Quechua is the second widely spoken language in some countries within South America. Although it is predominant in the central area of the Peruvian Andes, it’s also spoken in some regions of Ecuador, Bolivia, Colombia, Chile, and Argentina. However, this language has its variations across Peru and the rest of the Andes.
According to recent stats, there are over 15 million Quechua speakers, and most of them are in the Peruvian region since over 10 million persons are bilinguals and speak Quechua and Spanish, and the other 3 million are monolinguals who only speak Quechua.
This language is often referred to as the “Language of the Incas,” but this is a mistaken fact since it tracks back to other civilizations that had preceded this renowned culture. However, it was the Incas who imposed Quechua as the official language.
During the colonization process, the Inca Empire fell and Spanish had to be used as the “general language.” It wasn’t until the late 18th century that the Quechua language was banned due to the Tupac Amaru II rebellion. However, Quechua prevailed until the current date, but it became more restricted to isolated rural areas.
Since Spanish and Quechua languages have stood side by side throughout history, somehow, one influenced the other by adopting slang, names, and other words from each tongue. Therefore, like most dialects, you can find resemblance in some common expressions.
Quechua Words Used in English and Spanish
Although Quechua has been phonetically and morphologically evolving, it’s still very hard to interpret due to its complexity and variations. But this doesn’t mean that you can’t learn some basic words and expressions to help you understand better this ancestral tongue.
As aforementioned, throughout history, we’ve seen the development of dialects and how each one influences the other. Therefore, a large number of words are derived from this language. Here are some Quechua words you didn’t know you were using in English and Spanish:
- Llama: Apparently, this is everyone’s favorite Andean animal, and its name is originally a Quechua word.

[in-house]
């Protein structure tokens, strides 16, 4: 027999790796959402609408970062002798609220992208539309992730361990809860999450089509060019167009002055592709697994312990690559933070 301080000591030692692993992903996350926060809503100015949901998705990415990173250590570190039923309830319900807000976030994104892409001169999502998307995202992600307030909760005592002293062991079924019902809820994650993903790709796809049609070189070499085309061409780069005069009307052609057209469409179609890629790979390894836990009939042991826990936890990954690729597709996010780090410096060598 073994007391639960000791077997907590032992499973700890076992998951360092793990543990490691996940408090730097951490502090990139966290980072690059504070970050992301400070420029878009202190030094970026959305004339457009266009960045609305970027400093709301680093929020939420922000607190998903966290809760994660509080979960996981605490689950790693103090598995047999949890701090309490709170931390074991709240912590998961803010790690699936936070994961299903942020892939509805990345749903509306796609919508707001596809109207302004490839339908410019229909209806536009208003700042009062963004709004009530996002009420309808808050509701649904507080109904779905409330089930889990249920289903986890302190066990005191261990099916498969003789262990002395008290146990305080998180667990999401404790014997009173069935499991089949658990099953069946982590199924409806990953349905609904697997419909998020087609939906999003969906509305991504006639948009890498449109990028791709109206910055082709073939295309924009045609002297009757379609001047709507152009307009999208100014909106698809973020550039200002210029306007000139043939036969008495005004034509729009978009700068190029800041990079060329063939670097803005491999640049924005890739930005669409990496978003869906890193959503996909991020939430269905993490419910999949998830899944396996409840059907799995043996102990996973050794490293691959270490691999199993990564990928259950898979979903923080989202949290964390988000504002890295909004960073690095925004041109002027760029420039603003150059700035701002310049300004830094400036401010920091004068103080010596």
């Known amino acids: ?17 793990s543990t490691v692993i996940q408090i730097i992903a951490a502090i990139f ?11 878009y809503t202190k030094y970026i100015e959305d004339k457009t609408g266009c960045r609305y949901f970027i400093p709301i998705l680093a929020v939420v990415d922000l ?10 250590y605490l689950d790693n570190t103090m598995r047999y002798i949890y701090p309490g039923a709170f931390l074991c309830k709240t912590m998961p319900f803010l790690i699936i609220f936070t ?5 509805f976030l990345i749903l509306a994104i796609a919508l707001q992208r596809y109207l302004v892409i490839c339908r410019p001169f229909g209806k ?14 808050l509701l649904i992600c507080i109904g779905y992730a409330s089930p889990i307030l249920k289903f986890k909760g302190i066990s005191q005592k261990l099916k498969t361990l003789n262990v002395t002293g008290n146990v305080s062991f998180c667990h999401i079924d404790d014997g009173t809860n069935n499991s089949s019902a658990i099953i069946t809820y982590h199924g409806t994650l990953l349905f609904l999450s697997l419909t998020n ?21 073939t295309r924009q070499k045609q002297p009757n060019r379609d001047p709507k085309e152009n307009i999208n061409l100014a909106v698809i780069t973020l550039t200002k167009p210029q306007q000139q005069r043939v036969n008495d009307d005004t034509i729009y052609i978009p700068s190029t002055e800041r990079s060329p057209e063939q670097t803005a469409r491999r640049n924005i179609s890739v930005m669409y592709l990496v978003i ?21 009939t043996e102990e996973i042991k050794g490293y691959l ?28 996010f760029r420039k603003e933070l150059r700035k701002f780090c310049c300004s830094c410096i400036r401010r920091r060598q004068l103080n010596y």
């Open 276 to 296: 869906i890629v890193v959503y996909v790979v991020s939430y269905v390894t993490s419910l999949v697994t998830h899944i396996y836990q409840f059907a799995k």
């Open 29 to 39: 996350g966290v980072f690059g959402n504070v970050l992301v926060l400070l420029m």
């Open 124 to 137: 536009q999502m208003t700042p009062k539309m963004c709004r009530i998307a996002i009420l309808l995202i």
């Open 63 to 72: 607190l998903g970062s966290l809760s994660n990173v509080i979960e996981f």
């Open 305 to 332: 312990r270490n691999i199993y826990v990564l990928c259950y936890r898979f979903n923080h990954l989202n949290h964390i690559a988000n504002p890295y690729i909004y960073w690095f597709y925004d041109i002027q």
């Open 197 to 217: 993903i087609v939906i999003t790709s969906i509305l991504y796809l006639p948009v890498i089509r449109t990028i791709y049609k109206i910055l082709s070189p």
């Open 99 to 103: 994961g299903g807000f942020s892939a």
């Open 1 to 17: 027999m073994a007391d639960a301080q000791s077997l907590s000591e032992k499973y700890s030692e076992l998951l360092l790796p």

- Jerky: It’s a dehydrated trimmed meat, dried at the sun. The word “jerky” derives from the Quechua word ch’arki, which translates to “dried, salted meat.”
- Condor: This is the name of the third-largest bird of the Andes. It derives from the Quechua word “Kuntur.”
- Poncho: A widely-used word in english to refer to a thick blanket-like woolen fabric. It is also used as another word for a water-resistant coat, “rain poncho.”
- Chullo: If you have visited the Peruvian highlands, you’ve probably seen some wool hats with earflaps, this is called “chullo” in Quechua, it is a widely-used word in Spanish.
- Pacha: This Quechua word is used in conjunction with other words, it means earth, but can also be interpreted as world, space, and time. A popular word is Pachamama, which means “Mother Earth” or “Mother of Time.”
- Morocho: It derives from the Quechua word muruch’u, which is the name of a type of hard corn. However, it is used in Spanish to refer to a dark-skinned person, people with dark hair, twins, and animals with dark skin.
Learn Some Quechua Phrases
Although the Quechua language has mainly influenced Spanish colloquialism, there are even more expressions that derive from this dialect and are still used in English. Likewise, we want you to know some useful Quechua phrases that will help you in your trip through the Peruvian Andes:
This is a typical Quechua greeting that means “Hello, how are you?” To respond you can easily say “Allilanmi” which translates to “I’m well, thank you.”
- Somaq Mikhuna
While visiting the local markets in Cusco, you’ll find some food stands with Quechua-speaking cooks, and what a better way to compliment their food by saying “Somaq Mikhuna” which can be interpreted as “This is a delicious food.”
Good manners are part of the base of our society, so make sure to learn this essential word to say “thank you.”
This word is used to say goodbye or see you later but it also can be interpreted as “Until life reunites us again,” a beautiful way to say farewell.
Quechua Names and Meanings
While traveling through Cusco, you’ll come across many words and names that come from the Quechua dialect, here we have listed the most popular, so you have a better understanding of the meaning and purpose of these locations to the local culture:
- Qosqo: This was the original name of the city of Cusco. In Quechua, Qosqo means navel, which is why the Imperial City of the Incas is often referred to as the “Navel of the World.”
- Machu Picchu: Etymologically, Machu means Old; and Picchu translates to Peak or Mountain. These words conjunted together means Old Mountain.
- Wayna Picchu: It means “Young Mountain,” it is the mountain located behind the Inca Citadel.
- Sacsayhuaman: This is the name of the Inca fortress found in Cusco’s adjacencies and it means “Satisfied Hawk.”
- Qoricancha: This is the given name to the principal Temple of the Sun in the city of Cusco. It translates to “Golden Temple” since during Inca times, this structure was decorated with pure gold ornaments.
- Vinicunca: It means “Hill of Colors.” This is the name of the famous Rainbow Mountain located in Cusco.
We are proud to say that Quechua has prevailed as the second widely spoken dialect in Peru. Likewise, the traditions are so well-rooted in our culture that makes it so diverse and beautiful to know.
Therefore, we want you to know more about our cultural expression and the mysteries within our lands. Check our Peru travel packages and get to know the most authentic places in our country.